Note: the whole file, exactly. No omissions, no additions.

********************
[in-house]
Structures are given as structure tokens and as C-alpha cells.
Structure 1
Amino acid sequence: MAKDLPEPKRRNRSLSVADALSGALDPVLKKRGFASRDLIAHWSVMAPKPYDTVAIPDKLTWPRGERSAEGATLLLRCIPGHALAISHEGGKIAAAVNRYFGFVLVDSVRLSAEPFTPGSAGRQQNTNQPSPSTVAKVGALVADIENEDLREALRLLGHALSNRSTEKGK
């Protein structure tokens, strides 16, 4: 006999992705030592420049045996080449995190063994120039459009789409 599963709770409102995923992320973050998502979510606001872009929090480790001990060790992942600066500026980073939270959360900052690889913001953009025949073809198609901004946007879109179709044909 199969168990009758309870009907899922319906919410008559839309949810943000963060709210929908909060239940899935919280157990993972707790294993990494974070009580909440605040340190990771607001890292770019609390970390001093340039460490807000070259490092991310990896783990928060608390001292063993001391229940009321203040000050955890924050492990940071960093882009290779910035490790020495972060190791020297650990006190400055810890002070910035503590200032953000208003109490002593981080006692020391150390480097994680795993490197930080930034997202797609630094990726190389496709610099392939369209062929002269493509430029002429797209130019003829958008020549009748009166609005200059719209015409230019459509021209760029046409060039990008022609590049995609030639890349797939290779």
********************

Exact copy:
[in-house]
Structures are given as structure tokens and as C-alpha cells.
Structure 1
Amino acid sequence: MAKDLPEPKRRNRSLSVADALSGALDPVLKKRGFASRDLIAHWSVMAPKPYDTVAIPDKLTWPRGERSAEGATLLLRCIPGHALAISHEGGKIAAAVNRYFGFVLVDSVRLSAEPFTPGSAGRQQNTNQPSPSTVAKVGALVADIENEDLREALRLLGHALSNRSTEKGK
């Protein structure tokens, strides 16, 4: 006999992705030592420049045996080449995190063994120039459009789409 599963709770409102995923992320973050998502979510606001872009929090480790001990060790992942600066500026980073939270959360900052690889913001953009025949073809198609901004946007879109179709044909 199969168990009758309870009907899922319906919410008559839309949810943000963060709210929908909060239940899935919280157990993972707790294993990494974070009580909440605040340190990771607001890292770019609390970390001093340039460490807000070259490092991310990896783990928060608390001292063993001391229940009321203040000050955890924050492990940071960093882009290779910035490790020495972060190791020297650990006190400055810890002070910035503590200032953000208003109490002593981080006692020391150390480097994680795993490197930080930034997202797609630094990726190389496709610099392939369209062929002269493509430029002429797209130019003829958008020549009748009166609005200059719209015409230019459509021209760029046409060039990008022609590049995609030639890349797939290779």